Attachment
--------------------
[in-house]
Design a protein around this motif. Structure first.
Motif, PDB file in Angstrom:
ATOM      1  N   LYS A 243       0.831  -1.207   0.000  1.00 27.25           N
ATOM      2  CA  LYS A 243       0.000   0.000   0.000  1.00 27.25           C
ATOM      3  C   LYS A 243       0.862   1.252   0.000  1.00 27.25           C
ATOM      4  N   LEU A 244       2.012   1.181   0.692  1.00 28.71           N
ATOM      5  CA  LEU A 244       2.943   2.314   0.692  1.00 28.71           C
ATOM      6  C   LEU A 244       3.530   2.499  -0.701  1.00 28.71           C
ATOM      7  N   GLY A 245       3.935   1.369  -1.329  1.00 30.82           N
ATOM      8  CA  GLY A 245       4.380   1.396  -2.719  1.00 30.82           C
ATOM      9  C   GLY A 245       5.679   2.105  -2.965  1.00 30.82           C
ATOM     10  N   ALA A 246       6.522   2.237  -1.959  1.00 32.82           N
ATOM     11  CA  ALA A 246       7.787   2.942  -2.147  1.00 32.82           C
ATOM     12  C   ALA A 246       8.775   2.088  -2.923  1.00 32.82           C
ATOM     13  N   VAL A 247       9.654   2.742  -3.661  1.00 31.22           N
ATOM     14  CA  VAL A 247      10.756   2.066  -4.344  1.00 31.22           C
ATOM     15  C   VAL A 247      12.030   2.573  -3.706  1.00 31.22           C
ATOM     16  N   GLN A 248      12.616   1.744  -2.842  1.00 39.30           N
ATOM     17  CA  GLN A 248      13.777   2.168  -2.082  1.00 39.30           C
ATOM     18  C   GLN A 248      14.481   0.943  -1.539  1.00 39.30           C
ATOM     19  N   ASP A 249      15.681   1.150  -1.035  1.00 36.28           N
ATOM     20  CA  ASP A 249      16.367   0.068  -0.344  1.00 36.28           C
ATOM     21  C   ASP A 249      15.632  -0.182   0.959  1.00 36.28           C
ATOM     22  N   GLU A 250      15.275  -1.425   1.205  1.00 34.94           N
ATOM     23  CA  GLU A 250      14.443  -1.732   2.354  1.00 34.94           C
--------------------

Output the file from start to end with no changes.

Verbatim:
[in-house]
Design a protein around this motif. Structure first.
Motif, PDB file in Angstrom:
ATOM      1  N   LYS A 243       0.831  -1.207   0.000  1.00 27.25           N
ATOM      2  CA  LYS A 243       0.000   0.000   0.000  1.00 27.25           C
ATOM      3  C   LYS A 243       0.862   1.252   0.000  1.00 27.25           C
ATOM      4  N   LEU A 244       2.012   1.181   0.692  1.00 28.71           N
ATOM      5  CA  LEU A 244       2.943   2.314   0.692  1.00 28.71           C
ATOM      6  C   LEU A 244       3.530   2.499  -0.701  1.00 28.71           C
ATOM      7  N   GLY A 245       3.935   1.369  -1.329  1.00 30.82           N
ATOM      8  CA  GLY A 245       4.380   1.396  -2.719  1.00 30.82           C
ATOM      9  C   GLY A 245       5.679   2.105  -2.965  1.00 30.82           C
ATOM     10  N   ALA A 246       6.522   2.237  -1.959  1.00 32.82           N
ATOM     11  CA  ALA A 246       7.787   2.942  -2.147  1.00 32.82           C
ATOM     12  C   ALA A 246       8.775   2.088  -2.923  1.00 32.82           C
ATOM     13  N   VAL A 247       9.654   2.742  -3.661  1.00 31.22           N
ATOM     14  CA  VAL A 247      10.756   2.066  -4.344  1.00 31.22           C
ATOM     15  C   VAL A 247      12.030   2.573  -3.706  1.00 31.22           C
ATOM     16  N   GLN A 248      12.616   1.744  -2.842  1.00 39.30           N
ATOM     17  CA  GLN A 248      13.777   2.168  -2.082  1.00 39.30           C
ATOM     18  C   GLN A 248      14.481   0.943  -1.539  1.00 39.30           C
ATOM     19  N   ASP A 249      15.681   1.150  -1.035  1.00 36.28           N
ATOM     20  CA  ASP A 249      16.367   0.068  -0.344  1.00 36.28           C
ATOM     21  C   ASP A 249      15.632  -0.182   0.959  1.00 36.28           C
ATOM     22  N   GLU A 250      15.275  -1.425   1.205  1.00 34.94           N
ATOM     23  CA  GLU A 250      14.443  -1.732   2.354  1.00 34.94           C